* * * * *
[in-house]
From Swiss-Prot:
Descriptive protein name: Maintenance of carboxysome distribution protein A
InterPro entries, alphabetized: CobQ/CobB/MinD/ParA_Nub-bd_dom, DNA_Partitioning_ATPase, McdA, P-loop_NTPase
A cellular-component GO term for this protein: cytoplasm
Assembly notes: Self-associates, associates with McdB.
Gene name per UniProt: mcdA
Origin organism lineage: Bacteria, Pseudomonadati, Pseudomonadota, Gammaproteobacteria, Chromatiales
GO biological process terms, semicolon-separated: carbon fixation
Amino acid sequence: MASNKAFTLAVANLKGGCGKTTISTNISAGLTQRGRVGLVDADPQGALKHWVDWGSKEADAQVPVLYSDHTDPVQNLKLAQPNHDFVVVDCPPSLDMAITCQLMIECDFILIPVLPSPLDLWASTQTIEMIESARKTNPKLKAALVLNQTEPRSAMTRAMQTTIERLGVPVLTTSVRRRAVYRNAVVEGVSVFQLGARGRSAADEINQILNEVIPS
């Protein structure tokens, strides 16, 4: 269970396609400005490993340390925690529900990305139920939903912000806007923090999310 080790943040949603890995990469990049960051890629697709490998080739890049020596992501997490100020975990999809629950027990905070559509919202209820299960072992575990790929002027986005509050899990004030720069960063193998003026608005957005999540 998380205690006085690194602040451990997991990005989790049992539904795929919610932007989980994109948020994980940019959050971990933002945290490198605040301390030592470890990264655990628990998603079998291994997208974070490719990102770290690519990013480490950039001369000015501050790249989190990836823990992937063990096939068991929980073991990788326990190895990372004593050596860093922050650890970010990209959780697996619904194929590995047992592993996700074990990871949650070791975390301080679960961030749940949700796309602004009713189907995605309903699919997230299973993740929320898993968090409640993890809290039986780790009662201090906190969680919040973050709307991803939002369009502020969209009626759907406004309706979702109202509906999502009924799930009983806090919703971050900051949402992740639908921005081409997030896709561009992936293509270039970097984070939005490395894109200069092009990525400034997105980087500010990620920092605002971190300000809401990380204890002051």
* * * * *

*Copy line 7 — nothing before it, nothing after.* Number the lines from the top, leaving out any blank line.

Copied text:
Gene name per UniProt: mcdA